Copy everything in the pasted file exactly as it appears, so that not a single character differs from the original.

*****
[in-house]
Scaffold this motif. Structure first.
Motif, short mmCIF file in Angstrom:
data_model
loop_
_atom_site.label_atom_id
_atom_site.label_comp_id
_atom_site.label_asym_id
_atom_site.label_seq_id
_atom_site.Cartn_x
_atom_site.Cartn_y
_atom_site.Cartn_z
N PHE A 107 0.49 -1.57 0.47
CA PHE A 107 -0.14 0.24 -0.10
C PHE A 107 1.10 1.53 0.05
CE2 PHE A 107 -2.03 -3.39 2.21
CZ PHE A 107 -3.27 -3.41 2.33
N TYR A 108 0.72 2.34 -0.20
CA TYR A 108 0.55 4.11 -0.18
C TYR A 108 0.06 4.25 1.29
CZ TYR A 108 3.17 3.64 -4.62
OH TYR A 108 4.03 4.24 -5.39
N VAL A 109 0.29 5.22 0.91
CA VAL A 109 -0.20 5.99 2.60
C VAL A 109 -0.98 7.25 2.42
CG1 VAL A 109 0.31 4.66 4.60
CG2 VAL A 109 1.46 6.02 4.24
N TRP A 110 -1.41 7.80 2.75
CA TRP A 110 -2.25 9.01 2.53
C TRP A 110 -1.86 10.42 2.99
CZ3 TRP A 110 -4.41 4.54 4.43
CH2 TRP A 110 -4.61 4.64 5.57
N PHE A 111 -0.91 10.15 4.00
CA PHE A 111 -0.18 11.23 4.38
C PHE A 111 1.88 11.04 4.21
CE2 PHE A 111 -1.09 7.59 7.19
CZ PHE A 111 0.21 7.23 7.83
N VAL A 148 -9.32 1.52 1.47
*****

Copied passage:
[in-house]
Scaffold this motif. Structure first.
Motif, short mmCIF file in Angstrom:
data_model
loop_
_atom_site.label_atom_id
_atom_site.label_comp_id
_atom_site.label_asym_id
_atom_site.label_seq_id
_atom_site.Cartn_x
_atom_site.Cartn_y
_atom_site.Cartn_z
N PHE A 107 0.49 -1.57 0.47
CA PHE A 107 -0.14 0.24 -0.10
C PHE A 107 1.10 1.53 0.05
CE2 PHE A 107 -2.03 -3.39 2.21
CZ PHE A 107 -3.27 -3.41 2.33
N TYR A 108 0.72 2.34 -0.20
CA TYR A 108 0.55 4.11 -0.18
C TYR A 108 0.06 4.25 1.29
CZ TYR A 108 3.17 3.64 -4.62
OH TYR A 108 4.03 4.24 -5.39
N VAL A 109 0.29 5.22 0.91
CA VAL A 109 -0.20 5.99 2.60
C VAL A 109 -0.98 7.25 2.42
CG1 VAL A 109 0.31 4.66 4.60
CG2 VAL A 109 1.46 6.02 4.24
N TRP A 110 -1.41 7.80 2.75
CA TRP A 110 -2.25 9.01 2.53
C TRP A 110 -1.86 10.42 2.99
CZ3 TRP A 110 -4.41 4.54 4.43
CH2 TRP A 110 -4.61 4.64 5.57
N PHE A 111 -0.91 10.15 4.00
CA PHE A 111 -0.18 11.23 4.38
C PHE A 111 1.88 11.04 4.21
CE2 PHE A 111 -1.09 7.59 7.19
CZ PHE A 111 0.21 7.23 7.83
N VAL A 148 -9.32 1.52 1.47